Server-side web attacks

Servers can be attacked just as easily as clients, or perhaps more readily. Servers have the dual disadvantage of having to be exposed to many users, and possibly also to the Internet.

Buffer overflows

One of the most serious attacks against a server involves causing an intentional buffer overflow. Although the arrangement varies slightly from computer to computer and from operating system to operating system, in most computers, RAM memory is organized by roping off a piece for the operating system, then roping off a section to be used for temporary variable storage called the stack. Above the stack is cordoned off yet another section of memory, this one called the heap, after which is the memory storage spot for code waiting for execution.

If one of these areas, often the stack, suddenly grows too large, it may overwrite the area above it. This is called smashing the stack. When this happens the values that were stored in those regions are changed to whatever was being written into memory at the time the overwriting occurred. This may cause the computer to behave erratically or to crash.

If the values designed to be overwritten are chosen with extreme care, they may actually end up being stored, as if they were instructions. They may execute the next time the computer reads those memory locations. This is one way to inject arbitrary code into the server; such code could be instructions that allow an attacker to take over the computer.

One popular approach is to install a back door —code that allows an intruder to enter the machine without going through security first. Another approach is to install a rootkit—code that promotes the privileges of the attacker to that of the system administrator. Either would be a home run. It would be enough to install a code stub to facilitate installing more code later on. This can be as simple as telling the computer to go to a previously prepared web address or URL, where the malicious code is waiting.

Curative: The defense against buffer overflows is good programming practice. No user input should ever be permitted without first verifying that it is of the correct length and that it contains no characters that may be invalid or that may be misinterpreted.

Stolen cookies

Because most Internet transactions last only as long as you are logged on, all the information about that session usually dissolves as soon as the link is broken. Cookies remind the server who you are and what you talked about last time. If someone copies your cookies, the potential exists for them to trick the server into revealing what it knows about you. This may not be critical, but if the server has a credit card number on file, or personal information, this can expose too much information about you.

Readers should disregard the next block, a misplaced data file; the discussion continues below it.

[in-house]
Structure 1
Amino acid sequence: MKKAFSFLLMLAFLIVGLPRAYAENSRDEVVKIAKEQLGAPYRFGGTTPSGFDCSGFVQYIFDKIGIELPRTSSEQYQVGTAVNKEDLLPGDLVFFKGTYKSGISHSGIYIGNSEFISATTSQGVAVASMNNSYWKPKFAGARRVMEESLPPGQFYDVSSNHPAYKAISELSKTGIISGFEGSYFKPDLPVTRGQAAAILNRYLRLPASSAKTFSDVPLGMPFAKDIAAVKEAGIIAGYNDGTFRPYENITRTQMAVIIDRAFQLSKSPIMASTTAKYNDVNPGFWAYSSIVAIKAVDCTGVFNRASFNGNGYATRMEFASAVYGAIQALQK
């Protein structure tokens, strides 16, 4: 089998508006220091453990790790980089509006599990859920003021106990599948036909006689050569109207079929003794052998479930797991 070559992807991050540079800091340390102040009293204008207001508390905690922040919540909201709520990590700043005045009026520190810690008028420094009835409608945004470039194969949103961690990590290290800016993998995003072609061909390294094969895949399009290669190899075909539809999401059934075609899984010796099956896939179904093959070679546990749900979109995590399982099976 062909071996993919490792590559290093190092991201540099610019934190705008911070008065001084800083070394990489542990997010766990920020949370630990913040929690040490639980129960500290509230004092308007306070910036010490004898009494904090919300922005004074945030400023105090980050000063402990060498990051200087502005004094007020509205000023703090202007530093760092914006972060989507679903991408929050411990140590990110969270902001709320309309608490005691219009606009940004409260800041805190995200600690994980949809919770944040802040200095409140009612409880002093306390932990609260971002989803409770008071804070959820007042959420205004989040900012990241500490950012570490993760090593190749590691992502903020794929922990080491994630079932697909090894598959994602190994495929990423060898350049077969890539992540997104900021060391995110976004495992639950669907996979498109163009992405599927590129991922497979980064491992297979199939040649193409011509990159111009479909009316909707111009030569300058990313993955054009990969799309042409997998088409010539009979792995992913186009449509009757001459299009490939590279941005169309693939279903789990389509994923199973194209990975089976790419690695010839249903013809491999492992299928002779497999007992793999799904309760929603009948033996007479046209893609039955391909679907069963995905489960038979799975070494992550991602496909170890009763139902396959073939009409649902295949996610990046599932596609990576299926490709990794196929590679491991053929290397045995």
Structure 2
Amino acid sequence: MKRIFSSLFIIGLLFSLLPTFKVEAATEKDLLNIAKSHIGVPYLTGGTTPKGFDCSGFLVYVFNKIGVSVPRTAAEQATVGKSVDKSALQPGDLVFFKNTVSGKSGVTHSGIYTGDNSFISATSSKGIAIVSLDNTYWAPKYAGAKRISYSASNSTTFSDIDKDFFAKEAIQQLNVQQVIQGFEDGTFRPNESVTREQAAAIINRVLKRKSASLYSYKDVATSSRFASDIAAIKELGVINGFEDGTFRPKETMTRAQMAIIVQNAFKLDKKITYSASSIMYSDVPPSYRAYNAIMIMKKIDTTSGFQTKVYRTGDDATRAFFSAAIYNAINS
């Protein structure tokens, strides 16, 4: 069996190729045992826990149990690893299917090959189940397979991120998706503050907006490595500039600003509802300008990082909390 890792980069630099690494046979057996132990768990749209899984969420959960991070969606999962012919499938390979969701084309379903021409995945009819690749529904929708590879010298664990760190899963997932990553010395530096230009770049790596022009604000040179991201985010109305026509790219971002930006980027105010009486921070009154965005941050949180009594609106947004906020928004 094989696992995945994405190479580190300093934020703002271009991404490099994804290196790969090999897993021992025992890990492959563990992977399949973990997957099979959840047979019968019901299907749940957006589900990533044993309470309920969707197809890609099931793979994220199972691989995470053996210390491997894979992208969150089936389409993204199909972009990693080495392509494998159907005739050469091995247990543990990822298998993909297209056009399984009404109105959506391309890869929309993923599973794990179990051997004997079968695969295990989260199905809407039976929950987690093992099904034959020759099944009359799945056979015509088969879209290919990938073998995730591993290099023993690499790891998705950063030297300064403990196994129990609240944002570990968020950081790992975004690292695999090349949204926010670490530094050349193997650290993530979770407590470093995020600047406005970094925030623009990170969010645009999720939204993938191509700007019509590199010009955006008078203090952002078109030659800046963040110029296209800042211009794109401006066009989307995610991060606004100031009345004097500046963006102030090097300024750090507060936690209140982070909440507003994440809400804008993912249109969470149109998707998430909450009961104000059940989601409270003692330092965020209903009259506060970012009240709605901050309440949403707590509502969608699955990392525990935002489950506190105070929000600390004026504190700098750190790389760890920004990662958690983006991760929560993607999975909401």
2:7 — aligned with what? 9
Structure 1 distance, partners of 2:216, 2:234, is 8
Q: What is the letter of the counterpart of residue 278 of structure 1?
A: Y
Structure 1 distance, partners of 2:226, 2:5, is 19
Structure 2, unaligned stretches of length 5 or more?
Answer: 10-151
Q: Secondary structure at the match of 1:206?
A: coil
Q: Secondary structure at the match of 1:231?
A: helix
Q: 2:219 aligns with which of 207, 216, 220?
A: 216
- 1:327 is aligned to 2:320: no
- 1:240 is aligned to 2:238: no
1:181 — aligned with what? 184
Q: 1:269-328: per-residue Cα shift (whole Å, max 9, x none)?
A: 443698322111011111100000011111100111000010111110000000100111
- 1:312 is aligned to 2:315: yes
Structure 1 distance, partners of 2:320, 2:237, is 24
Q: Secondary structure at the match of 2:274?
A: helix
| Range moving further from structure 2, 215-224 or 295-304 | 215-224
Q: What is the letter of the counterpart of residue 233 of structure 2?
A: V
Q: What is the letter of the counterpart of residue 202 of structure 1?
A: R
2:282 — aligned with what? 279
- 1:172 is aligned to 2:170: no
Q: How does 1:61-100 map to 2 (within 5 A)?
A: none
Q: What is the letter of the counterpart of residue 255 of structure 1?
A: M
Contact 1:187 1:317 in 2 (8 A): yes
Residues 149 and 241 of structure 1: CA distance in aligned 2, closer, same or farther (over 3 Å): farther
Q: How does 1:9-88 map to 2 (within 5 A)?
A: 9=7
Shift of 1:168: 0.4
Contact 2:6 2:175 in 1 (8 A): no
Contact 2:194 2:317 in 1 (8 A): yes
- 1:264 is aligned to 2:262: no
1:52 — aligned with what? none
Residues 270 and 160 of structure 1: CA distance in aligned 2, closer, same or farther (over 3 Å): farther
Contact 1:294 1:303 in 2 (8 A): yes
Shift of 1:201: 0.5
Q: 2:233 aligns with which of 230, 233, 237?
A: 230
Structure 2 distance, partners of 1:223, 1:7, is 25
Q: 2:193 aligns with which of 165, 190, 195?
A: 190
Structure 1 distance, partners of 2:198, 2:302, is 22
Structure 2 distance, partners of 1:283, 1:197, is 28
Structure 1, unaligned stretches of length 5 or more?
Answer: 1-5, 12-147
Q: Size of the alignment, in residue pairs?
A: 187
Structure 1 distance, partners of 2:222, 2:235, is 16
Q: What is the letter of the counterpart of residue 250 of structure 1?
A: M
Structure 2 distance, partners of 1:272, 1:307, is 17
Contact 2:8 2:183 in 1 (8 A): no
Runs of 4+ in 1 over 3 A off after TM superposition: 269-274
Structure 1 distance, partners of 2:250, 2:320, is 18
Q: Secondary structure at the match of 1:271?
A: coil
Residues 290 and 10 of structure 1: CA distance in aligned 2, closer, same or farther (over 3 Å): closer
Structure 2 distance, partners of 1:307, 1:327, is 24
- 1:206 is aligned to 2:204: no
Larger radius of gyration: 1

This becomes a more powerful attack if a really complex business process is involved. For instance, if one server hosts your credit card information and address information, and a second holds your academic records, while a third holds your current schedules, it may be possible to use minimal access to one server to trick the others into revealing a great deal. This exploits the server-to-server trust. These attacks are called cross-site scripting (CSS).

Curative: Cross-site scripting is a complicated exploit. Once the attacker is communicating from server-to-server as a peer, many unpredictable things can happen. The strongest defense is for each server to be properly protected in the first place.

Malicious ActiveX controls

As part of the .NET initiative, ActiveX allows powerful interactions between computers. ActiveX operates in a way that resembles a plug-in for Java, but ActiveX does not use an isolating area of memory as does Java. Today’s fine-grained access controls prevent a lot of Java problems because it confines the code to allowable portions of the machine it is running on. Malicious code using ActiveX, on the other hand, can have much more power. Such code can facilitate many computers working together, or it can be exploited, with devastating consequences.

TIME (XNTP) exploits

Many network processes require that servers and clients keep track of time, and that there is no variance between elements in the network. Time is kept the same all over using the XNTP Network Time Protocol. If an attacker can assign legitimate times to fake messages, the messages could masquerade as real ones. Alternatively, a legitimate message can be rendered suspect by shifting its time component to an illegitimate value.


Internet protocols, while they have allowed the internetworking of computers and the distribution of applications, have opened up a host of security issues. The protocols were meant to be robust, not secure. The enemy was never thought to be within. The trust by which computers are able to interact and complete complicated business processes turns out to be the undoing of much business, because sensitive information can be spilled and confidence lost. Further, the attacks that can be accomplished via the Web are crippling, because they can use the Web’s flexibility to invade and cripple the computers that are attached to it.

In a way, society might be fortunate that the Internet was built first to be durable. This appearance of dependability allowed it to gain a following, then a foothold, then a share of mind, and finally enough dependence upon it that we now demand its weaknesses be fixed. Had the Internet been created with an isolationist mind, many of its applications and potential applications that we now struggle to protect may never have been developed.